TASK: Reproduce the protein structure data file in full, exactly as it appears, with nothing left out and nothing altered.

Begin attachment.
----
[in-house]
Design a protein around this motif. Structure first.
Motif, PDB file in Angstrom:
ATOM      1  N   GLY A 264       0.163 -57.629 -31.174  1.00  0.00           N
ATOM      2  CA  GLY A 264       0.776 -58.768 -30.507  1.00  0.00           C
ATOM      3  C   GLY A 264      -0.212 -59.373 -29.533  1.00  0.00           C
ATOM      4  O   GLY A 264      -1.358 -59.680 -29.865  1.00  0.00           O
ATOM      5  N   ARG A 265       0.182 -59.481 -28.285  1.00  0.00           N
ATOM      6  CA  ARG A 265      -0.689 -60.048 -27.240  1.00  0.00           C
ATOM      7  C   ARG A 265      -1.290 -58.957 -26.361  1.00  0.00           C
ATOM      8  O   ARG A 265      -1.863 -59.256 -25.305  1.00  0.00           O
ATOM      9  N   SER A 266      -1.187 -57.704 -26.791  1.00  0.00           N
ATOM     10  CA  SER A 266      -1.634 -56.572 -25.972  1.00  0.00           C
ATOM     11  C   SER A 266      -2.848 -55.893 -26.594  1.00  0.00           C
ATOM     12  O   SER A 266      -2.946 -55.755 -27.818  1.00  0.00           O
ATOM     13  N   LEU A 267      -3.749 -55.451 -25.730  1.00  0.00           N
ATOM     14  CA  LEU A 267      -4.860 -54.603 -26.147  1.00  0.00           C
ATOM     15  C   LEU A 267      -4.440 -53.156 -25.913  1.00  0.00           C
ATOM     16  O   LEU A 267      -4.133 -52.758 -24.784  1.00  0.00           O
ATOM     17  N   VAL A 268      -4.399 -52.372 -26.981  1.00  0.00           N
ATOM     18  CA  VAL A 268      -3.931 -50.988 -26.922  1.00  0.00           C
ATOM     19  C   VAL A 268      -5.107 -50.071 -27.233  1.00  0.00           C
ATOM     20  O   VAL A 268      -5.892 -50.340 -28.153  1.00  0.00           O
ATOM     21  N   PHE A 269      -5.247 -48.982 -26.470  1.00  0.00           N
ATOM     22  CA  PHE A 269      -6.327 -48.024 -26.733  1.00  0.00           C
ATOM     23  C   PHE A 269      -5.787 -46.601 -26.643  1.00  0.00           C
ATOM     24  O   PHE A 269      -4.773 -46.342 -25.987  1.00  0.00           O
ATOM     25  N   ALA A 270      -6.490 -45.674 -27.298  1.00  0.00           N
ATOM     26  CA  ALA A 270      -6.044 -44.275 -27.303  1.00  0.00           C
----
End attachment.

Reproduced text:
[in-house]
Design a protein around this motif. Structure first.
Motif, PDB file in Angstrom:
ATOM      1  N   GLY A 264       0.163 -57.629 -31.174  1.00  0.00           N
ATOM      2  CA  GLY A 264       0.776 -58.768 -30.507  1.00  0.00           C
ATOM      3  C   GLY A 264      -0.212 -59.373 -29.533  1.00  0.00           C
ATOM      4  O   GLY A 264      -1.358 -59.680 -29.865  1.00  0.00           O
ATOM      5  N   ARG A 265       0.182 -59.481 -28.285  1.00  0.00           N
ATOM      6  CA  ARG A 265      -0.689 -60.048 -27.240  1.00  0.00           C
ATOM      7  C   ARG A 265      -1.290 -58.957 -26.361  1.00  0.00           C
ATOM      8  O   ARG A 265      -1.863 -59.256 -25.305  1.00  0.00           O
ATOM      9  N   SER A 266      -1.187 -57.704 -26.791  1.00  0.00           N
ATOM     10  CA  SER A 266      -1.634 -56.572 -25.972  1.00  0.00           C
ATOM     11  C   SER A 266      -2.848 -55.893 -26.594  1.00  0.00           C
ATOM     12  O   SER A 266      -2.946 -55.755 -27.818  1.00  0.00           O
ATOM     13  N   LEU A 267      -3.749 -55.451 -25.730  1.00  0.00           N
ATOM     14  CA  LEU A 267      -4.860 -54.603 -26.147  1.00  0.00           C
ATOM     15  C   LEU A 267      -4.440 -53.156 -25.913  1.00  0.00           C
ATOM     16  O   LEU A 267      -4.133 -52.758 -24.784  1.00  0.00           O
ATOM     17  N   VAL A 268      -4.399 -52.372 -26.981  1.00  0.00           N
ATOM     18  CA  VAL A 268      -3.931 -50.988 -26.922  1.00  0.00           C
ATOM     19  C   VAL A 268      -5.107 -50.071 -27.233  1.00  0.00           C
ATOM     20  O   VAL A 268      -5.892 -50.340 -28.153  1.00  0.00           O
ATOM     21  N   PHE A 269      -5.247 -48.982 -26.470  1.00  0.00           N
ATOM     22  CA  PHE A 269      -6.327 -48.024 -26.733  1.00  0.00           C
ATOM     23  C   PHE A 269      -5.787 -46.601 -26.643  1.00  0.00           C
ATOM     24  O   PHE A 269      -4.773 -46.342 -25.987  1.00  0.00           O
ATOM     25  N   ALA A 270      -6.490 -45.674 -27.298  1.00  0.00           N
ATOM     26  CA  ALA A 270      -6.044 -44.275 -27.303  1.00  0.00           C